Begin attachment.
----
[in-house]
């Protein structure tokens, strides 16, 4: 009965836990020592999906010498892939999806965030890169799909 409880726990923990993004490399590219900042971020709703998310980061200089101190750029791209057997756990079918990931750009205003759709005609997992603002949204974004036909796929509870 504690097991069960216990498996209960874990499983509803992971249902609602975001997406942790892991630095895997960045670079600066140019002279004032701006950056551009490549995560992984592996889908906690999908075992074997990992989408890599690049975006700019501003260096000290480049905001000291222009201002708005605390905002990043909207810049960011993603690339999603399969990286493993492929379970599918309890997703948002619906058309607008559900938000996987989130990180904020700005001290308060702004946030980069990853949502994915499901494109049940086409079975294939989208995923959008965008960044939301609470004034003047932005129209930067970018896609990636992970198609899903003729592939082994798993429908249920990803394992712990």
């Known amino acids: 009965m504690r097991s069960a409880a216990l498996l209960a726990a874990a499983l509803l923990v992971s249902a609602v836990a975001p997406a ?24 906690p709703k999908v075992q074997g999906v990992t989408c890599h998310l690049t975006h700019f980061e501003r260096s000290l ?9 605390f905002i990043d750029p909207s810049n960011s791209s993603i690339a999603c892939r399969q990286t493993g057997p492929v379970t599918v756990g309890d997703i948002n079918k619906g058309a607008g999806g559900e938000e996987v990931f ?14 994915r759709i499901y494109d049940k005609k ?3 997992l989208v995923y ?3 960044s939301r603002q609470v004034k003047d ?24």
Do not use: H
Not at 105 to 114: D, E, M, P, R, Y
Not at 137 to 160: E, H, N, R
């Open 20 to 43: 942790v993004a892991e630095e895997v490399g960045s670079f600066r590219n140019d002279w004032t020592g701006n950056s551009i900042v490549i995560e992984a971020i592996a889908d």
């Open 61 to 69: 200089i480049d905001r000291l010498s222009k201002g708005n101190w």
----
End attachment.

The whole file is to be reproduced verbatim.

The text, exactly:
[in-house]
């Protein structure tokens, strides 16, 4: 009965836990020592999906010498892939999806965030890169799909 409880726990923990993004490399590219900042971020709703998310980061200089101190750029791209057997756990079918990931750009205003759709005609997992603002949204974004036909796929509870 504690097991069960216990498996209960874990499983509803992971249902609602975001997406942790892991630095895997960045670079600066140019002279004032701006950056551009490549995560992984592996889908906690999908075992074997990992989408890599690049975006700019501003260096000290480049905001000291222009201002708005605390905002990043909207810049960011993603690339999603399969990286493993492929379970599918309890997703948002619906058309607008559900938000996987989130990180904020700005001290308060702004946030980069990853949502994915499901494109049940086409079975294939989208995923959008965008960044939301609470004034003047932005129209930067970018896609990636992970198609899903003729592939082994798993429908249920990803394992712990």
């Known amino acids: 009965m504690r097991s069960a409880a216990l498996l209960a726990a874990a499983l509803l923990v992971s249902a609602v836990a975001p997406a ?24 906690p709703k999908v075992q074997g999906v990992t989408c890599h998310l690049t975006h700019f980061e501003r260096s000290l ?9 605390f905002i990043d750029p909207s810049n960011s791209s993603i690339a999603c892939r399969q990286t493993g057997p492929v379970t599918v756990g309890d997703i948002n079918k619906g058309a607008g999806g559900e938000e996987v990931f ?14 994915r759709i499901y494109d049940k005609k ?3 997992l989208v995923y ?3 960044s939301r603002q609470v004034k003047d ?24």
Do not use: H
Not at 105 to 114: D, E, M, P, R, Y
Not at 137 to 160: E, H, N, R
């Open 20 to 43: 942790v993004a892991e630095e895997v490399g960045s670079f600066r590219n140019d002279w004032t020592g701006n950056s551009i900042v490549i995560e992984a971020i592996a889908d």
């Open 61 to 69: 200089i480049d905001r000291l010498s222009k201002g708005n101190w």